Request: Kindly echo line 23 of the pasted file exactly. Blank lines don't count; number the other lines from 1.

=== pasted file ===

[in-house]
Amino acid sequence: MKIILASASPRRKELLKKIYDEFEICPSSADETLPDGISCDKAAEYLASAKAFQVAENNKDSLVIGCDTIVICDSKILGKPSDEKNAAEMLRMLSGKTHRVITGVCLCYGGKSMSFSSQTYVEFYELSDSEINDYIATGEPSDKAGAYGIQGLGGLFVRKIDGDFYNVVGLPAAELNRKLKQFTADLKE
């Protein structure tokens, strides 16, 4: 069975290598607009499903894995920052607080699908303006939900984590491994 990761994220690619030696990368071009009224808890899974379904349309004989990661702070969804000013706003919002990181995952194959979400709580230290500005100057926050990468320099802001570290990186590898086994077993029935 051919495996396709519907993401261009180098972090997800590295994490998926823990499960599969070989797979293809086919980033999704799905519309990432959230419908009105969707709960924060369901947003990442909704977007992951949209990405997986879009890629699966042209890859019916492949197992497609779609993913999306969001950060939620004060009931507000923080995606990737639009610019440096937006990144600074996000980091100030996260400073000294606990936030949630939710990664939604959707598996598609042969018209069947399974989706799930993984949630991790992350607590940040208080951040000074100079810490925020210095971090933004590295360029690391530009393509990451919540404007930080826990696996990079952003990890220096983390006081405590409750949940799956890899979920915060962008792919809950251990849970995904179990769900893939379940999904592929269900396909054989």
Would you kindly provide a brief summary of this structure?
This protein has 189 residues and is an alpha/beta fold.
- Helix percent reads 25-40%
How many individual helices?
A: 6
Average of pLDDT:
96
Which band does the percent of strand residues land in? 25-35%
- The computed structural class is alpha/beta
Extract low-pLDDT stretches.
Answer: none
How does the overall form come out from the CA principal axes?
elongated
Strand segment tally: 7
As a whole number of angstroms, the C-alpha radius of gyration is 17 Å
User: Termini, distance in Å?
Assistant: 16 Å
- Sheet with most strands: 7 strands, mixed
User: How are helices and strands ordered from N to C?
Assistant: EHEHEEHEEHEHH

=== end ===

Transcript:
Assistant: EHEHEEHEEHEHH